Nora Day is a candidate for Student Body senator.
In the primaries, her vote share was the highest among the candidates. She has a spinal cord injury with cerebral palsy, but this does not stop her from being a support system for the students.
Her profile on the ASUA candidate page states, “I have been fortunate that in my time at the University of Arizona, I have met the most kind and supportive students. No one has ever said that they wouldn’t open a door for me and to help me. I am forever grateful — and now I want to begin paying it forward to my fellow members in the UA community. I will serve as a support system to the students, providing my knowledge and help whenever it is needed. If you see me on campus, or shoot me an email, I will always give up some of my time to help you."
Lady Dorothy Elli
Lady Dorothy Elli is a candidate for student body senator. She is currently majoring in speech, language, and hearing sciences and pre-public health with minors in American sign language and Spanish.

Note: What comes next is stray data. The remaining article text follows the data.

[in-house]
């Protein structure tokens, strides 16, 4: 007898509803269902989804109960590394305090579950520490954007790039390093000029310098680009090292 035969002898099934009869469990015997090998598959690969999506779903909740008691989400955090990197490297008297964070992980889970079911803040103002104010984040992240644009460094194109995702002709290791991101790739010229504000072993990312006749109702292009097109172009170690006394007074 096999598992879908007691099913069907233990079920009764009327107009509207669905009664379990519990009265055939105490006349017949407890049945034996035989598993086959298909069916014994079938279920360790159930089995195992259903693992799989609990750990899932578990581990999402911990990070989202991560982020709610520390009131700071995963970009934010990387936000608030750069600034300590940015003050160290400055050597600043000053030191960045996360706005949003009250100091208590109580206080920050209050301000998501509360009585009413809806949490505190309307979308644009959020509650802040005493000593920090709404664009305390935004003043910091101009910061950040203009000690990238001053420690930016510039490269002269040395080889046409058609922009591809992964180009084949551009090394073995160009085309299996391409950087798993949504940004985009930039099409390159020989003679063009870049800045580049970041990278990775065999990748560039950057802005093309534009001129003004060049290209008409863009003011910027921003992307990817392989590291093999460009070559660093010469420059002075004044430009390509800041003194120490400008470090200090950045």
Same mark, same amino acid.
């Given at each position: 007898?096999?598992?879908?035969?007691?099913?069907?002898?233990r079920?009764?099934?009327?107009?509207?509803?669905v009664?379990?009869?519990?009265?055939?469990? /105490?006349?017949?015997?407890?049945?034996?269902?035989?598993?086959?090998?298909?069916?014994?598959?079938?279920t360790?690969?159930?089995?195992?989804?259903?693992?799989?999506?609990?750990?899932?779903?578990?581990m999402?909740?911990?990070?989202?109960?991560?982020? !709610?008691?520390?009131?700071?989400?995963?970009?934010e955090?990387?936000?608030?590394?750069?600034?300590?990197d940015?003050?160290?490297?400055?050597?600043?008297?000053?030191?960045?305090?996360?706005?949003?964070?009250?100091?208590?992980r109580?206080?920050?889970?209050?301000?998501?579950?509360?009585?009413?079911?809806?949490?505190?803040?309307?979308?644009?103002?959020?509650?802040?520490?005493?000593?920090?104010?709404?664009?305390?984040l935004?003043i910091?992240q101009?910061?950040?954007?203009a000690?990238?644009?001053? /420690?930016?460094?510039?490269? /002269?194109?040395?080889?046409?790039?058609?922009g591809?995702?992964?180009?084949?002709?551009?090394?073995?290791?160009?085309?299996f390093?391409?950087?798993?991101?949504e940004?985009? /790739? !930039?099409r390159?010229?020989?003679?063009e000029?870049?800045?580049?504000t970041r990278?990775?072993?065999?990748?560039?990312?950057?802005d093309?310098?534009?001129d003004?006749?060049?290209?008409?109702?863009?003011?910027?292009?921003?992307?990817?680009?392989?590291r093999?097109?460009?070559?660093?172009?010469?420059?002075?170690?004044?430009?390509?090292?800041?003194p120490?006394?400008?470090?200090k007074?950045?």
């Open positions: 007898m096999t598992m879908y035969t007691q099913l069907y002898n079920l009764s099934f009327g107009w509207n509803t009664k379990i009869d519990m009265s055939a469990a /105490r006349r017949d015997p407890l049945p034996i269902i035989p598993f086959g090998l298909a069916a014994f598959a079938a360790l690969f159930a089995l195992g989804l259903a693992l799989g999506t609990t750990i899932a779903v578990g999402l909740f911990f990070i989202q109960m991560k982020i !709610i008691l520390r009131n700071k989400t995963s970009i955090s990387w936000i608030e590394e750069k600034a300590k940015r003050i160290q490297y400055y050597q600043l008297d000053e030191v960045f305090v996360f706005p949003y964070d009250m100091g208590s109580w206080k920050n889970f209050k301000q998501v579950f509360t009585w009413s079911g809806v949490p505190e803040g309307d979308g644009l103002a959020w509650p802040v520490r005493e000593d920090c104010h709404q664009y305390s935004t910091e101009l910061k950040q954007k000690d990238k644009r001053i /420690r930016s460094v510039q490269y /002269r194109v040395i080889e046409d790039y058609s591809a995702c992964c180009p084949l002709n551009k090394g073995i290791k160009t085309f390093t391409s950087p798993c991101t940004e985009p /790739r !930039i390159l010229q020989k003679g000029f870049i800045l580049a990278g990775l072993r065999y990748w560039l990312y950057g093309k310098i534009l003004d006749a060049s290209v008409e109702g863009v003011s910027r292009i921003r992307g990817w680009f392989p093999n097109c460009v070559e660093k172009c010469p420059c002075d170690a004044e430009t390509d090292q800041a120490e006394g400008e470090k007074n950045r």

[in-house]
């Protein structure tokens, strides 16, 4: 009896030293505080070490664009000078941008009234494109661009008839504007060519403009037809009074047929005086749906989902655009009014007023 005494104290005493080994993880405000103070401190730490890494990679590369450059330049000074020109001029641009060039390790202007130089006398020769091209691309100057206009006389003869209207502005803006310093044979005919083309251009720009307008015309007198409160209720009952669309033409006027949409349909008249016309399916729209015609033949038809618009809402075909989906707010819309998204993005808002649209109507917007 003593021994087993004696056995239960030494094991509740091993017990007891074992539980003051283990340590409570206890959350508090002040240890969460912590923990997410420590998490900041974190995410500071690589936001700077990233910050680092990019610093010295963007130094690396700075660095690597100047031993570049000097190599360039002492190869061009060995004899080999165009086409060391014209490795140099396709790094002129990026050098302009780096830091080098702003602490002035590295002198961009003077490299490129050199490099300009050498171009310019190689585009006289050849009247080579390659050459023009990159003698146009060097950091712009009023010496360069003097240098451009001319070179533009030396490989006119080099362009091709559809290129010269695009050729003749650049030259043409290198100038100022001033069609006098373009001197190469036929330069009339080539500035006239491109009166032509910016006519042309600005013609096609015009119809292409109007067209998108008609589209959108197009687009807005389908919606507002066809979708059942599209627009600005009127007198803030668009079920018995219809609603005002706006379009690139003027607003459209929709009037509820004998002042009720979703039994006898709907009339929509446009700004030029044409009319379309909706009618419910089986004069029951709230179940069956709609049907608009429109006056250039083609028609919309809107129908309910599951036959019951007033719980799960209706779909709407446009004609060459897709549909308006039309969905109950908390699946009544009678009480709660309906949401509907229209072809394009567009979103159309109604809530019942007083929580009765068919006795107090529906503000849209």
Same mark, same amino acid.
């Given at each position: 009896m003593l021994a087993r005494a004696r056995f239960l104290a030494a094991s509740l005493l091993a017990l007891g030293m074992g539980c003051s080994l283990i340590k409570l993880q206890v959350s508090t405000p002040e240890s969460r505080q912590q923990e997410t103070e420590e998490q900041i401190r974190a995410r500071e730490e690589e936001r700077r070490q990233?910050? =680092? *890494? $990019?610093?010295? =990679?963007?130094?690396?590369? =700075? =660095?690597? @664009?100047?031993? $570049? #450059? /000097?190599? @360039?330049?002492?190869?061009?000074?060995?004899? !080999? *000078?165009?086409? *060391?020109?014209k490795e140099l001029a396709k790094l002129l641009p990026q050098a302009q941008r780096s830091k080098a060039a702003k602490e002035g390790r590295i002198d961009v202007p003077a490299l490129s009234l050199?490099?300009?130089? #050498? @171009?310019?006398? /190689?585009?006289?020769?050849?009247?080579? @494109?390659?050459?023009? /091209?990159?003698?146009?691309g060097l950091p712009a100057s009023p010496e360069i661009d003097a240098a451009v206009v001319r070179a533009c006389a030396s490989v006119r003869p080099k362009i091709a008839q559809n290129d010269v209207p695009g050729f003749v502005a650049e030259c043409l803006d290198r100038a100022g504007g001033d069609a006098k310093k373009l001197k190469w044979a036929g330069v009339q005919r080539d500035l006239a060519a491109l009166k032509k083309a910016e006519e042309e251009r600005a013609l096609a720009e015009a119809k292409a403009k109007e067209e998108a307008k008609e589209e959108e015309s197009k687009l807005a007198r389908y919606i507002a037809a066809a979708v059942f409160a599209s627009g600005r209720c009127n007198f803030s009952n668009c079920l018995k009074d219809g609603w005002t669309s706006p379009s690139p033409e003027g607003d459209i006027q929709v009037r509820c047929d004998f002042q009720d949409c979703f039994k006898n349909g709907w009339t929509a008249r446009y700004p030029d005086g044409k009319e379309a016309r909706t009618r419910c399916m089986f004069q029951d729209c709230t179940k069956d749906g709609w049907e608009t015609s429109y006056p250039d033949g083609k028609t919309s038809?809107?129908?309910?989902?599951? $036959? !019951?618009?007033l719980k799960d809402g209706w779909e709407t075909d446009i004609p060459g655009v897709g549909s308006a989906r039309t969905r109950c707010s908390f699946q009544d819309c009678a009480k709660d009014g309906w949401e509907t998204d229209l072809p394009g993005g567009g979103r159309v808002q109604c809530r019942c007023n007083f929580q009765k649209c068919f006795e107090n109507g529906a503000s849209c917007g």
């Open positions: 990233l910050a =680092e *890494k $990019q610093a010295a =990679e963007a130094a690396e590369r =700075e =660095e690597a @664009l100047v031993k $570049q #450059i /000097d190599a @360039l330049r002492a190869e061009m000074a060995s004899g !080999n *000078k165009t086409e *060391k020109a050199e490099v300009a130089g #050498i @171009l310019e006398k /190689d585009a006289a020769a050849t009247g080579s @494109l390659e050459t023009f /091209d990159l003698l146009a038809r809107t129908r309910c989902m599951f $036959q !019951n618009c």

“As a student body senatorial candidate, I am leading this campaign simply because I want to serve,” Elli told the Daily Wildcat in an email. “A position in ASUA is a position of service and not just of leadership because, at the end of the day, effective progress and change are determined by the student body and not by oneself. For the first time in a long time, here is a candidate who is willing to sit down, listen to your concerns, and work with you to implement positive change on campus instead of deciding for you. We’ll run together.”
Lady’s priorities as a student body senator would include diversity and inclusion, health equity and mental health awareness, first-generation students, sustainable initiatives, and resource accessibility on campus.
Running for a position as student body senator, Sami Muslmani wants to make the campus a better and safer environment for all students. He hopes to do this by focusing on transparency and raising engagement, which would see better exposure to what all the colleges have to offer and helping the freshman students during their transition. His focus also includes systematic and health aspects, like implementing more sanitation systems across campus and finding a more efficient way to utilize students' meal plans.
Muslmani believes that as a candidate, the constituents always come first, and hopes, if elected, that his platforms will better the university as a whole.